Ahh, and you still wearing those warpaints. Lots of black Metal bands nowadays washed their faces with ‘water’, what’s your comment? What’s the purpose of wearing those paints anyway for ORDO DRACONIS?
Not all band members of ORDO DRACONIS use corpse paint all the time. It is and should be a personal thing. I use corpsepaint on stage as an expression of the contrast within me, which also reflects in my contribution to the music we’ve created. It’s a form of dramatic expression to emphasize on the matter – the two extremes, dualism. It has absolutely nothing to do with being cool or something and it’s not a necessity to use it when you play black Metal either. Still, I don’t understand why so many bands are disassociating themselves from it if they had any reason for doing it before, other than commercial ones – if you use it for personal reasons, how can it lose its value simply because others do it too. OK, it’s not unique anymore neither is it shocking, so what – I know why I’m using it and that’s good enough for me.
This statement: “Only black Metal bands should/can wear corpsepaint”. Your point of view on this?
I must admit I would find it quite strange if non-black Metal bands would start wearing corpsepaint. However, I think that everybody should decide for him or herself if he/she wants to wear corpsepaint. I’m not going to judge others on that, although I have my personal opinion. And like I said in the previous answer, I don’t think every black Metal band should wear corpsepaint. Corpsepaint is just an emphasis, not the essence and it’s most important to stay true to the essence (i.e. the music and its emotion/atmosphere) – if corpsepaint doesn’t feel appropriate at a certain point to a certain musician, he shouldn’t wear it I think.
What’s your personal musical interest? What are the current releases, available in the market, that you would like to recommend to anybody?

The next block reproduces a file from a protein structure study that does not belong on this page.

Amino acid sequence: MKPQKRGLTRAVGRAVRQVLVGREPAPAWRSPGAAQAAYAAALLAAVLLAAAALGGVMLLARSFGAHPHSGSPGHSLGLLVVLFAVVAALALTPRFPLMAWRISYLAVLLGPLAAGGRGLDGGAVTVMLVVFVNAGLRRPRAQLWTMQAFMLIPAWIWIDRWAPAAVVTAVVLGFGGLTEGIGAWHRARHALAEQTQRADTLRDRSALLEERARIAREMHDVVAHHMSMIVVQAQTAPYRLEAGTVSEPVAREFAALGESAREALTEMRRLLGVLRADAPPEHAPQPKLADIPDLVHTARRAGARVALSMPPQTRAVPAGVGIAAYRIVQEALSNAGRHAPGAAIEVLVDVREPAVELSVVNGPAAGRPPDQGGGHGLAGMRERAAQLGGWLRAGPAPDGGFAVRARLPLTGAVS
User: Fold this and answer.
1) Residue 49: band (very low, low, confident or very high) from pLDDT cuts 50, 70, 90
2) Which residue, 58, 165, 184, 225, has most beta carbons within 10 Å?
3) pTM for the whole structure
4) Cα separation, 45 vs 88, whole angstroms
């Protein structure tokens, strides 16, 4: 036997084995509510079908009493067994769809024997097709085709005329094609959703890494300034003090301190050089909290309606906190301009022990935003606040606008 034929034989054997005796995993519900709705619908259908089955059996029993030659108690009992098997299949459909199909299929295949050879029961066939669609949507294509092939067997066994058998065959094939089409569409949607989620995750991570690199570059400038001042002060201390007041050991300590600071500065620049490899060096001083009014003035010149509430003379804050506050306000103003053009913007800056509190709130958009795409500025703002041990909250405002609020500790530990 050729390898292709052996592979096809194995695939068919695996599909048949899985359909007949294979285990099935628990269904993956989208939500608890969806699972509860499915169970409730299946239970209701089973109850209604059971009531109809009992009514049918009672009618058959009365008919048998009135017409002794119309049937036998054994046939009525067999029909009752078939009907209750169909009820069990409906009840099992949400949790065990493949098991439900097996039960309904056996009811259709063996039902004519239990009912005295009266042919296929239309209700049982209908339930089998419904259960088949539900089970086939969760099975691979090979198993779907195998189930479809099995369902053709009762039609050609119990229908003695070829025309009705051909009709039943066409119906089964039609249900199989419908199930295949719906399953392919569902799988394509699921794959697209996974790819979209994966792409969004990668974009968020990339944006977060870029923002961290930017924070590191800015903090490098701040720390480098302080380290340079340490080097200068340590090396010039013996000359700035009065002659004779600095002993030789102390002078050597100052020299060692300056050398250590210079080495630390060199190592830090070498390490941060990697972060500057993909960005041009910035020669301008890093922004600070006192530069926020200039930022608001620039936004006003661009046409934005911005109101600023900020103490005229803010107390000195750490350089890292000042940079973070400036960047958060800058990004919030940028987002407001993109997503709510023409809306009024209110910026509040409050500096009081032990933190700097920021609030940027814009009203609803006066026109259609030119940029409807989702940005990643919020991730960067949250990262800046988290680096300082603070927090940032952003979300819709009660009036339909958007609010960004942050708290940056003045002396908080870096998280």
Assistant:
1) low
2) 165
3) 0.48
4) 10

Personally I’m into what I’d call quality black Metal. Bands like EMPEROR, DISSECTION, ARCTURUS, LIMBONIC ART, OBTAINED ENSLAVEMENT, ULVER, ABIGOR, BAL SAGOTH and so on make the kind of music I like best. Hmmm let me see if I can come with something interesting here. I would like to recommend the debut album by SIRIUS (Por) (out on Nocturnal Arts Productions), the debut of OBSIDIAN GATE (Ger) (out on SKALDIC ART), the latest demos of MOONSORROW (Fin) (released through MEATHOOKED), NOCTURNAL MORTUM (Ukr) and EPHEL DUATH (It). All these releases are incredible I think!
Are you into these ‘fake’ Metal like MARILYN MANSON, KORN and the likes? What do you think about it?
Bands like KORN and MARILYN MANSON are definitely not my kind of thing! I get very nervous listening to their music and this MARILYN MANSON fellow looks pretty pathetic if you ask me… still he’s making a lot of money by looking the way he does, so I suppose a lot of other people must like it. These bands don’t bother me that much, as long as I don’t have to listen to their music and look at their appearance. I mean there are a lot of things out there I don’t like and I prefer doing something I do like over getting annoyed over things others do that I dislike. It’s not my thing, so I don’t give it too much attention. I think it’s better to give promotion to the acts I do like instead of saying how fucking bad these other particular bands are in my opinion.
So what if a band like those invites ORDO DRACONIS to play a live show together, or to do a split, or something?
Concerning things like a split or something it’s very easy – we would definitely never do such a thing with these bands. A live show would depend on the opportunity and the conditions that are offered. If for example we would be offered to play in the United States or Malaysia without making losses, we just might consider it… I mean, people are smart enough to see that we don’t (nor want to) have anything to do with these other bands and playing abroad is beneficial for us, even if it only were for the experience. But don’t worry such a thing will never happen anyway!
I think I’ve bothered you enough, so here’s your chance to say anything that’s left to be said.
Well, thank you, Shah for this nice and extensive interview!! Best of luck with RANDOM zine!!!